The Citi Money Gallery displays the history of money around the world. From the earliest evidence, to the latest developments in digital technology, money has been an important part of human societies. Looking at the history of money gives us a way to understand the history of the world – from the earliest coins to Bitcoin, and from Chinese paper money to coins from every nation in the world. You can find out more about what's on display at britishmuseum.org/money The next gallery in our #MuseumOfTheFuture series is Room 67: Korea. The Korea Foundation Gallery is currently closed for refurbishment and will reopen on 16 December 2014. You can find out more about the refurb at koreabritishmuseum.tumblr.com  The unique culture of Korea combines a strong sense of national identity with influences from other parts of the Far East. Korean religion, language, geography and everyday life were directly affected by the country’s geographic position, resulting in a rich mix of art and artefacts.
Objects on display in Room 67 date from prehistory to the present day and include ceramics, metalwork, sculpture, painting, screen-printed books and illuminated manuscripts.
A reconstruction of a traditional sarangbang, or scholar’s study, is also on display and was built by contemporary Korean craftsmen. This is Room 66, Ethiopia and Coptic Egypt. It's the next gallery space in our #MuseumOfTheFuture series.
By the 4th century AD, Christianity was flourishing in both Egypt and Ethiopia. Christian Egyptians became known as the Copts (from the Greek name for Egyptians) and the church maintained strong links with its Ethiopian counterparts. Since antiquity, Ethiopia had been a major trade route, linking Egypt and the Mediterranean with India and the Far East.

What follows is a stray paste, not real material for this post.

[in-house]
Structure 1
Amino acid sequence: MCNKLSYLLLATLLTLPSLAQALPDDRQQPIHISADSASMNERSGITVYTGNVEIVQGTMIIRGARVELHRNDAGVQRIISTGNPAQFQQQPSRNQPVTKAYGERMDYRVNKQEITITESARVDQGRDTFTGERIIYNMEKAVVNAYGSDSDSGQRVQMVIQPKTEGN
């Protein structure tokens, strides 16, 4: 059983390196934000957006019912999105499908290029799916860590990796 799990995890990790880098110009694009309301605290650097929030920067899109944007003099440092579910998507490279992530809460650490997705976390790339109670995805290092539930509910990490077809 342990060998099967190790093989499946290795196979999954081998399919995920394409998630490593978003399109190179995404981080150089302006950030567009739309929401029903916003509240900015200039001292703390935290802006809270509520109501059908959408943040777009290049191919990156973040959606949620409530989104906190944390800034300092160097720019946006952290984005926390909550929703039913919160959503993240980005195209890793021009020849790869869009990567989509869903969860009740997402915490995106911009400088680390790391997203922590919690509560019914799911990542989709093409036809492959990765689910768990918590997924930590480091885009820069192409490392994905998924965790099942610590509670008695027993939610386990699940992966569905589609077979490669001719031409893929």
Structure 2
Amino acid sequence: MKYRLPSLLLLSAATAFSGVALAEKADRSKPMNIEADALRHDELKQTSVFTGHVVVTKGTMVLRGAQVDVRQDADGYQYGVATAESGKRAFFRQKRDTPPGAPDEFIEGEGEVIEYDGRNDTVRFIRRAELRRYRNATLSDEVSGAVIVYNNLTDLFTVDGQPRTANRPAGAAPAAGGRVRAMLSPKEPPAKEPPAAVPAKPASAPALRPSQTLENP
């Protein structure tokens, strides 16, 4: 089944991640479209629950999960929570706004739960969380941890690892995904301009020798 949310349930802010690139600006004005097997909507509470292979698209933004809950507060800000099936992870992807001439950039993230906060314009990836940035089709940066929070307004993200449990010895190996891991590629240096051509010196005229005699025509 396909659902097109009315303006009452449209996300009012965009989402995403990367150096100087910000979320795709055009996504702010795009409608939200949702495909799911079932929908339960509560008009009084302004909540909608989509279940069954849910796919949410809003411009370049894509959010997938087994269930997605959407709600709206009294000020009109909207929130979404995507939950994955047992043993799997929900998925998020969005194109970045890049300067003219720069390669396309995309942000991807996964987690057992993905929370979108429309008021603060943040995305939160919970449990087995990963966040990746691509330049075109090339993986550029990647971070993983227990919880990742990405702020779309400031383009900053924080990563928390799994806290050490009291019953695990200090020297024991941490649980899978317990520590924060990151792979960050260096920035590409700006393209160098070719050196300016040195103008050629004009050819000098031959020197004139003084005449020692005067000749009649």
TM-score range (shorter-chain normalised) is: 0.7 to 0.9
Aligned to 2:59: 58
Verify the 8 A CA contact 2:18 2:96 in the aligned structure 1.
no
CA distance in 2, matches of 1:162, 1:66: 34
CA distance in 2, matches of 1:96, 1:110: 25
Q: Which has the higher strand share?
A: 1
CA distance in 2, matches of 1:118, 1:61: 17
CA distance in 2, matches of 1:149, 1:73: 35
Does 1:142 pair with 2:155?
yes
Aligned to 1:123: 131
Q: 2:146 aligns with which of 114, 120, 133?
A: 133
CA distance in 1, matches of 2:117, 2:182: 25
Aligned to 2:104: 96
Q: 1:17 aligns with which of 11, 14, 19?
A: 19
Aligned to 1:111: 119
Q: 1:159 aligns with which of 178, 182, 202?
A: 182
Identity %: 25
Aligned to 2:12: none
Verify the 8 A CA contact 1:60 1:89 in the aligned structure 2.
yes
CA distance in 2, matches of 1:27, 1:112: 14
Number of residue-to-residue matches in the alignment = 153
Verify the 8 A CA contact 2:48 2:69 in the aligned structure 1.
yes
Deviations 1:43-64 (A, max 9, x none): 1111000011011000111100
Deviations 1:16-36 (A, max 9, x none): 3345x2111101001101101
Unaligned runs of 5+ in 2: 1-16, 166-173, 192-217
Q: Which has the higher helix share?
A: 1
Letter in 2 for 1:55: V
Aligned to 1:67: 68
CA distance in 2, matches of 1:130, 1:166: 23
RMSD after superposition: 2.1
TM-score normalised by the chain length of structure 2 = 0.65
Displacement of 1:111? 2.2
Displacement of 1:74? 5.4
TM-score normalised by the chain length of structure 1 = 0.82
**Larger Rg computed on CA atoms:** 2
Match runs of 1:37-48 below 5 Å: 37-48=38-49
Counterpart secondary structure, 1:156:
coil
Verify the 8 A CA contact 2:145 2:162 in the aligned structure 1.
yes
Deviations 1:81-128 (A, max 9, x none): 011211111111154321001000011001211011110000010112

The resulting history of cultural exchange and religious diversity is illustrated through objects in Room 66, which reflect the faiths and identities which coexisted in Egypt and Ethiopia. Objects from towns, monasteries and settlements range from decorated textiles and architectural elements to sculpture and ceramics. It's time for our next #MuseumOfTheFuture gallery. This is Room 65, the Raymond and Beverly Sackler Gallery of Sudan, Egypt and Nubia. Ancient Nubia, the Nile Valley upstream of the First Cataract, now straddles the border between Egypt and Sudan. Rich and vibrant cultures developed in this region at the same time as Pharaonic Egypt. Among them was the earliest sub-Saharan urban culture in Africa, which was based at Kerma.
These cultures traded extensively with Egypt and for two brief periods Nubian kingdoms dominated their northern neighbour.
The objects on display in Room 65 illustrate these indigenous pagan, Christian and Islamic cultures and the interaction between Nubia and Egypt. This is our next gallery space in the #MuseumOfTheFuture series. It's Room 64, the Raymond and Beverly Sackler Gallery of Early Egypt. Rapid advances in the technology and social organisation of Egypt during the 5th millennium BC produced a material culture of increasing sophistication. Further innovations followed in about 3100 BC when the separate Predynastic peoples of Upper and Lower Egypt were united under a single ruler. The resulting increase in wealth and strong central control led to dramatic achievements in architecture, writing and fine goods, culminating in the building of the Great Pyramids of Giza in around 2600 BC.
Objects on display in Room 64 illustrate the cultural, technological and political development of early civilisation in Egypt throughout this period. In this picture you can see Gebelein Man, a mummy who was naturally preserved in the desert sands, and who used to have the unofficial nickname of Ginger (although the Museum doesn't use this name). In the background you can see an interactive virtual autopsy of the mummy which was installed in the newly refurbished gallery last year.